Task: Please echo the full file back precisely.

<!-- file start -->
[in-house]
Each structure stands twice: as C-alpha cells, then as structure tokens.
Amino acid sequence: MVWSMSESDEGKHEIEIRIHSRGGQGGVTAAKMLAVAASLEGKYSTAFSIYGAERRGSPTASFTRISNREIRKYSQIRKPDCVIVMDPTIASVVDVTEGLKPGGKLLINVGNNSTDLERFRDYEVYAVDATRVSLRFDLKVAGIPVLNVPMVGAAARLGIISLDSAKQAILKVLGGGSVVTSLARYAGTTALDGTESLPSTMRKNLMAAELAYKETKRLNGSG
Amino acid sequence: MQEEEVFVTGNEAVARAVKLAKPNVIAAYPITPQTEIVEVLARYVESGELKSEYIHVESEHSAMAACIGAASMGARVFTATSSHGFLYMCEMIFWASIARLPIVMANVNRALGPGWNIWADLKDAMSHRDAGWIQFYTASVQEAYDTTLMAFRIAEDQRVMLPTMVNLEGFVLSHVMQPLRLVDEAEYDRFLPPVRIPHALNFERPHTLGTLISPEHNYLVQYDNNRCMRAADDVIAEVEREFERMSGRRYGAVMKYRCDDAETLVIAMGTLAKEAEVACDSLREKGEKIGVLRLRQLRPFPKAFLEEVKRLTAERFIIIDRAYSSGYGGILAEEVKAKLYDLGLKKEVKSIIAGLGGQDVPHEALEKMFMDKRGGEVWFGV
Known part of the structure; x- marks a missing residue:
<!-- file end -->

[in-house]
Each structure stands twice: as C-alpha cells, then as structure tokens.
Amino acid sequence: MVWSMSESDEGKHEIEIRIHSRGGQGGVTAAKMLAVAASLEGKYSTAFSIYGAERRGSPTASFTRISNREIRKYSQIRKPDCVIVMDPTIASVVDVTEGLKPGGKLLINVGNNSTDLERFRDYEVYAVDATRVSLRFDLKVAGIPVLNVPMVGAAARLGIISLDSAKQAILKVLGGGSVVTSLARYAGTTALDGTESLPSTMRKNLMAAELAYKETKRLNGSG
Amino acid sequence: MQEEEVFVTGNEAVARAVKLAKPNVIAAYPITPQTEIVEVLARYVESGELKSEYIHVESEHSAMAACIGAASMGARVFTATSSHGFLYMCEMIFWASIARLPIVMANVNRALGPGWNIWADLKDAMSHRDAGWIQFYTASVQEAYDTTLMAFRIAEDQRVMLPTMVNLEGFVLSHVMQPLRLVDEAEYDRFLPPVRIPHALNFERPHTLGTLISPEHNYLVQYDNNRCMRAADDVIAEVEREFERMSGRRYGAVMKYRCDDAETLVIAMGTLAKEAEVACDSLREKGEKIGVLRLRQLRPFPKAFLEEVKRLTAERFIIIDRAYSSGYGGILAEEVKAKLYDLGLKKEVKSIIAGLGGQDVPHEALEKMFMDKRGGEVWFGV
Known part of the structure; x- marks a missing residue: